Does your cat appear to have excessive “gooks” in her eyes? Do her eyes look red, or are her eyelids inflamed? If so, feline viral conjunctivitis may be the cause. And while it may be painful for your kitty, it shouldn’t be all that difficult to treat, provided that you know what to look for and have them checked out by a professional.
This is why…
In this article, we wanted to take a moment and discuss precisely what feline viral conjunctivitis is so that if you think your cat may be suffering from this, you’ll know what to look for and what to expect while treating them.
So, without further ado, let’s dive right in.
Feline Viral Conjunctivitis Defined.
Simply put, feline viral conjunctivitis is a fancy medical term to describe an eye infection. Some usually cause an infection merely to treat disease, which could become serious if left untreated for too long.
Clinical Signs of Eye Infections in Cats
It could be viral conjunctivitis if you see any noticeable difference in how your cat’s eyes look. For example, your cat may have a problem with:
- Persistent squinting or excessive blinking,
- Redness of the tissue surrounding the eye,
- Eye discharge,
- Persistent “pawing” of the eye,
- Fluid buildup within the eye.
You may also notice that your cat will try to rub their eye against objects to “clear” the vision of whatever bothers it. Also, it’s standard for a cat to get an upper respiratory tract infection and an eye infection because their immune system is compromised. Additionally, if there is nasal discharge, the diagnosis may be something else, such as allergies or a kitty cold.
Who is at risk?
Pretty much any cat is susceptible to suffering from feline conjunctivitis. However, because a viral infection causes feline viral conjunctivitis, it is safe to assume cats with a compromised immune system will be at a greater risk for developing this condition. Kittens and older cats will also be at an increased risk as well.
What causes feline viral conjunctivitis?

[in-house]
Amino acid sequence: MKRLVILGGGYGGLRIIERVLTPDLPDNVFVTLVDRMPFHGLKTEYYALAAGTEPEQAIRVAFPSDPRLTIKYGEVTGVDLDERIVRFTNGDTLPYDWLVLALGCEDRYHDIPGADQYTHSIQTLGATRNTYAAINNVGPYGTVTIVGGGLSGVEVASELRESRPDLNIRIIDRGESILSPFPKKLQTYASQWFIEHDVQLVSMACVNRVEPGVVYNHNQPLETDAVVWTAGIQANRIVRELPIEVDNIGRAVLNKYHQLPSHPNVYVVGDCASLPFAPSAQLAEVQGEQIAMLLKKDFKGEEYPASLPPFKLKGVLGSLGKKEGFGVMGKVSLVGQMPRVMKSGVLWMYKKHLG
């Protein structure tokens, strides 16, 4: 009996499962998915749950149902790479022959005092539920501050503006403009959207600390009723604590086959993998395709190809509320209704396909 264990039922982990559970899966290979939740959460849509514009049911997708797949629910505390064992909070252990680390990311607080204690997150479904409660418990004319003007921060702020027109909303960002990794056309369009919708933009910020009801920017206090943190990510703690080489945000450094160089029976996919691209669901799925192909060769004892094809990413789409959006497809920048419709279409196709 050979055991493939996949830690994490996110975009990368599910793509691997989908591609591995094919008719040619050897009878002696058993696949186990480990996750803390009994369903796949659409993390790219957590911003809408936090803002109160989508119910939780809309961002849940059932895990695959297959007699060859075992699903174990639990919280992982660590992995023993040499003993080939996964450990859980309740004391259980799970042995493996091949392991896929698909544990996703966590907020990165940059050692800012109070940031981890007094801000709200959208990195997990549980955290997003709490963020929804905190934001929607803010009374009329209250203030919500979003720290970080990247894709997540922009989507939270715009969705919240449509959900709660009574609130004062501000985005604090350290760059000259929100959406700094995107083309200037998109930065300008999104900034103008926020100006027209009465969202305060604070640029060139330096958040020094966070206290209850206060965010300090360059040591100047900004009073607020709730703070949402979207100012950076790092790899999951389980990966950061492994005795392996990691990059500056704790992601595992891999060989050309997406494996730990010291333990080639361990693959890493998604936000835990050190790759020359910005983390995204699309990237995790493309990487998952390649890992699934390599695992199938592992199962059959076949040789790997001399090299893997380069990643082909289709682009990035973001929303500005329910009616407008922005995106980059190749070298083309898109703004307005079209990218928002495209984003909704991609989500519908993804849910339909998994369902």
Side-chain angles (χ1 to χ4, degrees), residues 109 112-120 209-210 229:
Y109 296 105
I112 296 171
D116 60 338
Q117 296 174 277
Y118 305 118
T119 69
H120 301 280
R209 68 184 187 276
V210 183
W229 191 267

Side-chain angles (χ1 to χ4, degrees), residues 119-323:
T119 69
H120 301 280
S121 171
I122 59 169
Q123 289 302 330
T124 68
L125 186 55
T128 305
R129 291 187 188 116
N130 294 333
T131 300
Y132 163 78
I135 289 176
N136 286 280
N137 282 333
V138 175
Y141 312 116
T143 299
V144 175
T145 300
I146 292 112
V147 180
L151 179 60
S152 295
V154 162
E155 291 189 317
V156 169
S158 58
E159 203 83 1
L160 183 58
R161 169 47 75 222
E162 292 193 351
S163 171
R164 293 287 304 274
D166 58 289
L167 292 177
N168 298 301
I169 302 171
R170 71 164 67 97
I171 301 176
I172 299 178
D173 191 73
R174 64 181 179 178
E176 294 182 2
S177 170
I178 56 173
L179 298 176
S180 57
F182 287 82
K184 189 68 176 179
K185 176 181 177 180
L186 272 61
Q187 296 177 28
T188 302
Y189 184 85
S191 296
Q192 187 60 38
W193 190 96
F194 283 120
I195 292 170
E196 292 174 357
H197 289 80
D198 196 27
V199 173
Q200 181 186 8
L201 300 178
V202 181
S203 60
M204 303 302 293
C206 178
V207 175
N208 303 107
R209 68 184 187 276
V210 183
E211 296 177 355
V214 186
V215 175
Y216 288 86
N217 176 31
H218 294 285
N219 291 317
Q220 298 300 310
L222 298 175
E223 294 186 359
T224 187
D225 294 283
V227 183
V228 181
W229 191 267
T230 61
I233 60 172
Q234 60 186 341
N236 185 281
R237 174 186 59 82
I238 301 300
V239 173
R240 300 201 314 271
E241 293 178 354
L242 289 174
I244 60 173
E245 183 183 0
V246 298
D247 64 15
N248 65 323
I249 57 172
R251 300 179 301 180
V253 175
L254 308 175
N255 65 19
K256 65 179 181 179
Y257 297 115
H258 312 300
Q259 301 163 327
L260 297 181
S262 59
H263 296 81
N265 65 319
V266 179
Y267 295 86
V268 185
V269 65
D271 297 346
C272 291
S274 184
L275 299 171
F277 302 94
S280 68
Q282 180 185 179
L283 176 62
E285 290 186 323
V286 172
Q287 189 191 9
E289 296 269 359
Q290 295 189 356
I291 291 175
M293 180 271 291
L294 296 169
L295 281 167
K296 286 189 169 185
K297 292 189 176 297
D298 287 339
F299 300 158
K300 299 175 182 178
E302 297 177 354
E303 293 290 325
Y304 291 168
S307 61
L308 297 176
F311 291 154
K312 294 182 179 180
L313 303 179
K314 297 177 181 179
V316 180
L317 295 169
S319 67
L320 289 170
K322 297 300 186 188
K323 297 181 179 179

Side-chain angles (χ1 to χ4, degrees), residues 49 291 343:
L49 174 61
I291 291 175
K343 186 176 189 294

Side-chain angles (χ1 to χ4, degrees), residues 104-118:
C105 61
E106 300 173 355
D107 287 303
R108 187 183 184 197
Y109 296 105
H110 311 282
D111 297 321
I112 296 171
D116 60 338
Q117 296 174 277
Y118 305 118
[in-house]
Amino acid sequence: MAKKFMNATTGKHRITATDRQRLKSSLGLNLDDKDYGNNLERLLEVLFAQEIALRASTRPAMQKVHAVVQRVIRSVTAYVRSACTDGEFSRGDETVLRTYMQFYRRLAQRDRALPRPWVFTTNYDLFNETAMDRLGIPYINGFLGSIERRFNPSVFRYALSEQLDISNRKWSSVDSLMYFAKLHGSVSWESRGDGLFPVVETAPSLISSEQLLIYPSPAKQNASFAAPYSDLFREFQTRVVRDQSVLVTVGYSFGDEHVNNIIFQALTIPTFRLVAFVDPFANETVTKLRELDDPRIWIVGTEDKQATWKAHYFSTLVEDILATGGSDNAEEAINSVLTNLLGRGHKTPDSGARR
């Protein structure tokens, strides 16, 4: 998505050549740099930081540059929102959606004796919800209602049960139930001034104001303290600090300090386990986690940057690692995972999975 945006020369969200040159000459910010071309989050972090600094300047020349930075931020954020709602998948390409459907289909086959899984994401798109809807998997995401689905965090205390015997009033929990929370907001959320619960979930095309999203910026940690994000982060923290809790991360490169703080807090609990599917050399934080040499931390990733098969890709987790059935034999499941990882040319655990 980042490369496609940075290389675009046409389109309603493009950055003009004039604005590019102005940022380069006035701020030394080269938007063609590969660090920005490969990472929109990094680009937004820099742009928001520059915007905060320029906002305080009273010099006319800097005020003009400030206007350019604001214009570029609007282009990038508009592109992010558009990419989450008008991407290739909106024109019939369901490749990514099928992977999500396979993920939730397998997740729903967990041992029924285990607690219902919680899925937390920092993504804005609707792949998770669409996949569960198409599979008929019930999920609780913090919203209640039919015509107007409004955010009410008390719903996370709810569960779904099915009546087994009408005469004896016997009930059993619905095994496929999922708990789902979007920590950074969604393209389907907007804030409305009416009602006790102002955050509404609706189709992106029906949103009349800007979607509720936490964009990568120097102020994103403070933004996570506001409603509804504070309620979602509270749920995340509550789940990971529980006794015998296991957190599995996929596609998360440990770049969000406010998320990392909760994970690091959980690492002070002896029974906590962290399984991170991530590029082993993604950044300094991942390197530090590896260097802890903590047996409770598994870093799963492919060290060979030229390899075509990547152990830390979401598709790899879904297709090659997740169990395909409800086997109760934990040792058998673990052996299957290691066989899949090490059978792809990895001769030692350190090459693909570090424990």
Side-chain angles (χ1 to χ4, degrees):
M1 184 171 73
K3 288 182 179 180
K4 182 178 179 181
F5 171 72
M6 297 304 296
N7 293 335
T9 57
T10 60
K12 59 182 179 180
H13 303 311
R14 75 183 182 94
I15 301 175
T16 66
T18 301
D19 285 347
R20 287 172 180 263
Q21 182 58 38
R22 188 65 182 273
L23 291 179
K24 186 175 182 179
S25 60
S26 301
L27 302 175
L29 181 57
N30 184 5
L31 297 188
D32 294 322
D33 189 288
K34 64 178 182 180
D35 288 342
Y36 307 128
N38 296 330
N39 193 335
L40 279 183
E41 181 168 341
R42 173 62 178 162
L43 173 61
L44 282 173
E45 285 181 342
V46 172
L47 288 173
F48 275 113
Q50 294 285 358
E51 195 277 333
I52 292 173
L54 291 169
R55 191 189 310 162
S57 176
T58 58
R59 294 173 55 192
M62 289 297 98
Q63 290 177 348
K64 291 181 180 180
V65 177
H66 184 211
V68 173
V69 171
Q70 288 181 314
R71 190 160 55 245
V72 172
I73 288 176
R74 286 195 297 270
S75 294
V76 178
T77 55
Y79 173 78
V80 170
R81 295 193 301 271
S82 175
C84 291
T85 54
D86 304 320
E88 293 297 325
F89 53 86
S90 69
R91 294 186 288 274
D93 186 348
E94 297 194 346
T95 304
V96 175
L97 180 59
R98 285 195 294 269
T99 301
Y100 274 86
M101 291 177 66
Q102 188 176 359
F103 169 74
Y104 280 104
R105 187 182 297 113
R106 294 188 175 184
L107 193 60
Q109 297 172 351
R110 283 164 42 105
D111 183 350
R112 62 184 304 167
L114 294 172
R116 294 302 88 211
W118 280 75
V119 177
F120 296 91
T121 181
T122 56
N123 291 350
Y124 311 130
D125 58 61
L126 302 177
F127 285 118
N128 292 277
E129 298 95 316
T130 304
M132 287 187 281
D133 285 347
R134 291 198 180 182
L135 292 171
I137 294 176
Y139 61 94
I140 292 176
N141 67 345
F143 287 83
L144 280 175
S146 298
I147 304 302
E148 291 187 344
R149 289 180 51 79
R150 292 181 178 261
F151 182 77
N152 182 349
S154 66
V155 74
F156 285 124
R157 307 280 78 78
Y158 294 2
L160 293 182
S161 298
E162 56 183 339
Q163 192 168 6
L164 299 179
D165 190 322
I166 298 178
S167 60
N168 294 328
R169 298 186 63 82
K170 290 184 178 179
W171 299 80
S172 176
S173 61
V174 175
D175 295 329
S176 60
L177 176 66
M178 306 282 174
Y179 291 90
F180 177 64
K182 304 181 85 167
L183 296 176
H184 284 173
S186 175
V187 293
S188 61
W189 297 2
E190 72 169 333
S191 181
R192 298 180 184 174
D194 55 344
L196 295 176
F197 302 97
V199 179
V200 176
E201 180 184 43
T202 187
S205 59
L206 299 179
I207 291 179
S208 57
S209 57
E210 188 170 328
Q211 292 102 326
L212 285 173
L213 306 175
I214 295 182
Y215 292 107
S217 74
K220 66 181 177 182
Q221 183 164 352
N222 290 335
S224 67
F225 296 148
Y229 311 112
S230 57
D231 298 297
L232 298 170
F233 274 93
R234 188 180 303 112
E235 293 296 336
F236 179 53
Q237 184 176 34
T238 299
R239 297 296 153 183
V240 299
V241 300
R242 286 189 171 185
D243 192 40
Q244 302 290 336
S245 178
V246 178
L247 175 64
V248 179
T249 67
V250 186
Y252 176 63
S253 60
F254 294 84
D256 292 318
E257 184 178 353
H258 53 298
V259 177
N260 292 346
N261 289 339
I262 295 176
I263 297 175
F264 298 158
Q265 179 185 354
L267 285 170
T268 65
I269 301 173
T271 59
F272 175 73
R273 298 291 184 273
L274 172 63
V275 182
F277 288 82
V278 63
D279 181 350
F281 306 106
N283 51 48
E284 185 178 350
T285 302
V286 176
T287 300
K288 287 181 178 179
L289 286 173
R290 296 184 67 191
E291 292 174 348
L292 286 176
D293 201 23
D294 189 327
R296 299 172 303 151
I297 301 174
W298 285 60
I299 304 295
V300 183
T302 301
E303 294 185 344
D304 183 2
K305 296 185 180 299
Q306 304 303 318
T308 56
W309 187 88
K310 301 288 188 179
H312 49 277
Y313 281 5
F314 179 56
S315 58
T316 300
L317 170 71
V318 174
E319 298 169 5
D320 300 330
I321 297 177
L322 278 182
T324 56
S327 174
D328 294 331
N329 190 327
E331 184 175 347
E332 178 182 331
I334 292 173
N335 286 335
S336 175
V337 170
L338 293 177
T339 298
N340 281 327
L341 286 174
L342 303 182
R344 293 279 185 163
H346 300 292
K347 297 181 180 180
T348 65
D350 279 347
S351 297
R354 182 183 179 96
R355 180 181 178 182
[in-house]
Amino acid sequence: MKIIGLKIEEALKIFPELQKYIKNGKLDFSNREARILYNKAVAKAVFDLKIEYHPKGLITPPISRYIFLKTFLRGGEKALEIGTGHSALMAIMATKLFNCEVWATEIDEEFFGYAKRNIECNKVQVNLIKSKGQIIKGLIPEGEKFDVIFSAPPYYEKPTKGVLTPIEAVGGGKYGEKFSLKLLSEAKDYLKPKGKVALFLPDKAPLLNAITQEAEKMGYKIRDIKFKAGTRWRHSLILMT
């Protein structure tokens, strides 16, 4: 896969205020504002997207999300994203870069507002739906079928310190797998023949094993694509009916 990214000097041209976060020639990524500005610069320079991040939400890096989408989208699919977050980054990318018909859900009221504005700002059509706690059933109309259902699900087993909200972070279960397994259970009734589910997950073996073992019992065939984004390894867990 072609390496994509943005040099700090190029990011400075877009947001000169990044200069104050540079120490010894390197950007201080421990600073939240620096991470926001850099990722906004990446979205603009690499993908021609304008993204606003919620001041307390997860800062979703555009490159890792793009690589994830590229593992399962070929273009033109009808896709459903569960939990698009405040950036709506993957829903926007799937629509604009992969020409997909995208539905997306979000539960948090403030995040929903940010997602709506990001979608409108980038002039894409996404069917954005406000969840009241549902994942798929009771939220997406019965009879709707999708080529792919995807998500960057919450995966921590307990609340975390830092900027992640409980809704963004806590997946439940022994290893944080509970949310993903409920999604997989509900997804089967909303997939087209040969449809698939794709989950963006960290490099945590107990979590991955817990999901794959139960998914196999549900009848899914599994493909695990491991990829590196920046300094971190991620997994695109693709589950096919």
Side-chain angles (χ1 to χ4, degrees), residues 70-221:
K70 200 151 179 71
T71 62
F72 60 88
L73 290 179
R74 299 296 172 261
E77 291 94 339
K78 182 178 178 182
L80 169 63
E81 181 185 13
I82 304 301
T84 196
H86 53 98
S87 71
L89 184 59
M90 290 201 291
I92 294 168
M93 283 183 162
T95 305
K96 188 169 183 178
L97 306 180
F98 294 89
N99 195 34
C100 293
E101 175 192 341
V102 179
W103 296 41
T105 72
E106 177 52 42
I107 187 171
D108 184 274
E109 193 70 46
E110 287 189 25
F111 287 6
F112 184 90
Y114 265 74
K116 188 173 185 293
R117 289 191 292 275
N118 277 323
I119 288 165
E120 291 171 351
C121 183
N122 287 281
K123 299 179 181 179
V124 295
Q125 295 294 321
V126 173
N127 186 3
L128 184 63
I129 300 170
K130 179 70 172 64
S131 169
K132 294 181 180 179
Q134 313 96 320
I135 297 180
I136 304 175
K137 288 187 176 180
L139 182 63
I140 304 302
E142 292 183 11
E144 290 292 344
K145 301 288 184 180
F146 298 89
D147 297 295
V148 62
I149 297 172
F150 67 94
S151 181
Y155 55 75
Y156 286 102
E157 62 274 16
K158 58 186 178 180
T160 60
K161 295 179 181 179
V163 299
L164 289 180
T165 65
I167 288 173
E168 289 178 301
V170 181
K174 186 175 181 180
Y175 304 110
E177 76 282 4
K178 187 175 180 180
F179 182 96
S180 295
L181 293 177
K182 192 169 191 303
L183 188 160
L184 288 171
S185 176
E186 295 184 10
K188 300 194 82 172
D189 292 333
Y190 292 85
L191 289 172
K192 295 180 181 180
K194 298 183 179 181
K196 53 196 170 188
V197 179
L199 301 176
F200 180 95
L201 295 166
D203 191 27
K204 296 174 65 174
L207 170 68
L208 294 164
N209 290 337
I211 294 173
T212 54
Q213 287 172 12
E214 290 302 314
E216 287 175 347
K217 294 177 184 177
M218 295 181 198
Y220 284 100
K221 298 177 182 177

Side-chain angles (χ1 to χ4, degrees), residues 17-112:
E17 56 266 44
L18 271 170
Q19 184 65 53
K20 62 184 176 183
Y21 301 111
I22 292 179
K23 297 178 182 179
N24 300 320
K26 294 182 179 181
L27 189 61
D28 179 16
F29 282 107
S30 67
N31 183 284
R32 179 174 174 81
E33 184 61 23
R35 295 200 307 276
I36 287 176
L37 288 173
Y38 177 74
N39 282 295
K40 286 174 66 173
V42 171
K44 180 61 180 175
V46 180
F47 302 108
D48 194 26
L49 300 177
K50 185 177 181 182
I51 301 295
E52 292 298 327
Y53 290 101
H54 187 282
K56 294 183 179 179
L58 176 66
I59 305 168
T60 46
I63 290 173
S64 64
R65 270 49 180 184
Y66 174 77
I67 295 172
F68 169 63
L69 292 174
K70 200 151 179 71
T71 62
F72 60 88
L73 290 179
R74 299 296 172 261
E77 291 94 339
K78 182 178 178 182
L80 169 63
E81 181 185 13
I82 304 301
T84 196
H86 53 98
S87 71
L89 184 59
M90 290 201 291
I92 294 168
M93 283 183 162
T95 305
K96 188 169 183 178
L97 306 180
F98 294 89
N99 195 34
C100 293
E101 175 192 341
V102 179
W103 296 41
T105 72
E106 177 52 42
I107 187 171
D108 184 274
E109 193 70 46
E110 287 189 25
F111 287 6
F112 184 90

The name “viral” should tip you off a bit: this common eye infection is usually caused by exposure to a virus that leads to an eye infection. Most of the time, this is a feline herpes virus. It’s not exactly what you’re thinking; there are hundreds of strands of herpes, and they are transferred between animals in several ways. Even when two cats play fight, they could be spreading the herpes virus.
- Chlamydophilia felis is another bacterium that is easily spread among cats. It can easily result in feline conjunctiva.
Diagnosis of Eye Infection
If you suspect there’s something wrong with your kitty’s eye(s), take her to the vet ASAP! She’ll need treatment to get better, so there is no point in delaying it. Your veterinarian will most likely be able to identify this disease without any invasive diagnosis process. They will look at the eyes and eyelids to see if there are any visible problems, including any signs of corneal ulcers.
They may consider environmental exposure that could be causing eye irritation related to allergies rather than infection. It’s also important to note that a virus causes all eye infections. Another disease caused by feline herpes is feline viral rhinotracheitis (FVR), which has similar symptoms.
This could also be a bacterial infection – these are things for your veterinarian to determine before giving treatment options.
Treatment options will largely depend on the cause. The most common treatment options are antibiotics or antiviral treatments. Sometimes, your cat will be given a topical medication or eye drops rather than an oral. Most cats will get better rather quickly.
Although this isn’t a severe disease or a deadly problem, the costs associated with feline viral conjunctivitis can add up pretty quickly. Between vet visits and medication, don’t be surprised if the total price is more than $300 when it’s all said and done. That’s a lot of money to have to spend unexpectedly! But these costs can often be reduced if you’re quick to act and get your pet to a vet at the first sign of problems because their treatment will likely be minimized.
Now, at this point…
We like to remind folks that we here at IndulgeYourPet are not doctors, veterinarians, or medical professionals. All we are is a bunch of folks who happen to be passionate about animals and only what’s best for them. So, if you think your cat may suffer from feline viral conjunctivitis or any other medical condition, please have a professional check them out immediately. Not only could it help reduce your pet’s pain and suffering, but it could also help you save a whole lot of money in the long run.
And while we’re…
On the topic of money, we would also encourage you to take a moment and check out our Best Pet Insurance Companies article. A pet insurance policy on your loved one could save you thousands of dollars if your pet ever really becomes seriously sick or injured.